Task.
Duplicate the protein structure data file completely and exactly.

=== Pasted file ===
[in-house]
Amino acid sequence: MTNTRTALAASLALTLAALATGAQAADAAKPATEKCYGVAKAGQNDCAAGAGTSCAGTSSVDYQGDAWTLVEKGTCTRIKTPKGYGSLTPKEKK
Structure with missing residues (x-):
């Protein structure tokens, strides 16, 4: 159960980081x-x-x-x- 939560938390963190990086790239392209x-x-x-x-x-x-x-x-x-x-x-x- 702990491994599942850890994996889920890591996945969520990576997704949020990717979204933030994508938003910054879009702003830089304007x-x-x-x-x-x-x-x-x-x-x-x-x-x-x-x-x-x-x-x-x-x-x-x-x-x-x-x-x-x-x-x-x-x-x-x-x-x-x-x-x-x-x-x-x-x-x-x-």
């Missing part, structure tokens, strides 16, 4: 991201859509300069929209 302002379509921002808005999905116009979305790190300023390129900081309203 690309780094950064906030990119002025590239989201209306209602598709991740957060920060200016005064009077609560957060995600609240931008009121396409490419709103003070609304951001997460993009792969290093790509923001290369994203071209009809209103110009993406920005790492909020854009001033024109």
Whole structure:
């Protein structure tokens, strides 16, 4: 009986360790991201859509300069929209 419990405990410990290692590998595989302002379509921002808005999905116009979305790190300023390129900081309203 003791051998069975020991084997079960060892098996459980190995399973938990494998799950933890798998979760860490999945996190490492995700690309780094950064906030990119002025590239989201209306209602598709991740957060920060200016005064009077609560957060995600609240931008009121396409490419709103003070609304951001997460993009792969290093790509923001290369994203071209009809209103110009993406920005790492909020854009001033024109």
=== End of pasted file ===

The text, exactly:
[in-house]
Amino acid sequence: MTNTRTALAASLALTLAALATGAQAADAAKPATEKCYGVAKAGQNDCAAGAGTSCAGTSSVDYQGDAWTLVEKGTCTRIKTPKGYGSLTPKEKK
Structure with missing residues (x-):
């Protein structure tokens, strides 16, 4: 159960980081x-x-x-x- 939560938390963190990086790239392209x-x-x-x-x-x-x-x-x-x-x-x- 702990491994599942850890994996889920890591996945969520990576997704949020990717979204933030994508938003910054879009702003830089304007x-x-x-x-x-x-x-x-x-x-x-x-x-x-x-x-x-x-x-x-x-x-x-x-x-x-x-x-x-x-x-x-x-x-x-x-x-x-x-x-x-x-x-x-x-x-x-x-």
């Missing part, structure tokens, strides 16, 4: 991201859509300069929209 302002379509921002808005999905116009979305790190300023390129900081309203 690309780094950064906030990119002025590239989201209306209602598709991740957060920060200016005064009077609560957060995600609240931008009121396409490419709103003070609304951001997460993009792969290093790509923001290369994203071209009809209103110009993406920005790492909020854009001033024109």
Whole structure:
């Protein structure tokens, strides 16, 4: 009986360790991201859509300069929209 419990405990410990290692590998595989302002379509921002808005999905116009979305790190300023390129900081309203 003791051998069975020991084997079960060892098996459980190995399973938990494998799950933890798998979760860490999945996190490492995700690309780094950064906030990119002025590239989201209306209602598709991740957060920060200016005064009077609560957060995600609240931008009121396409490419709103003070609304951001997460993009792969290093790509923001290369994203071209009809209103110009993406920005790492909020854009001033024109």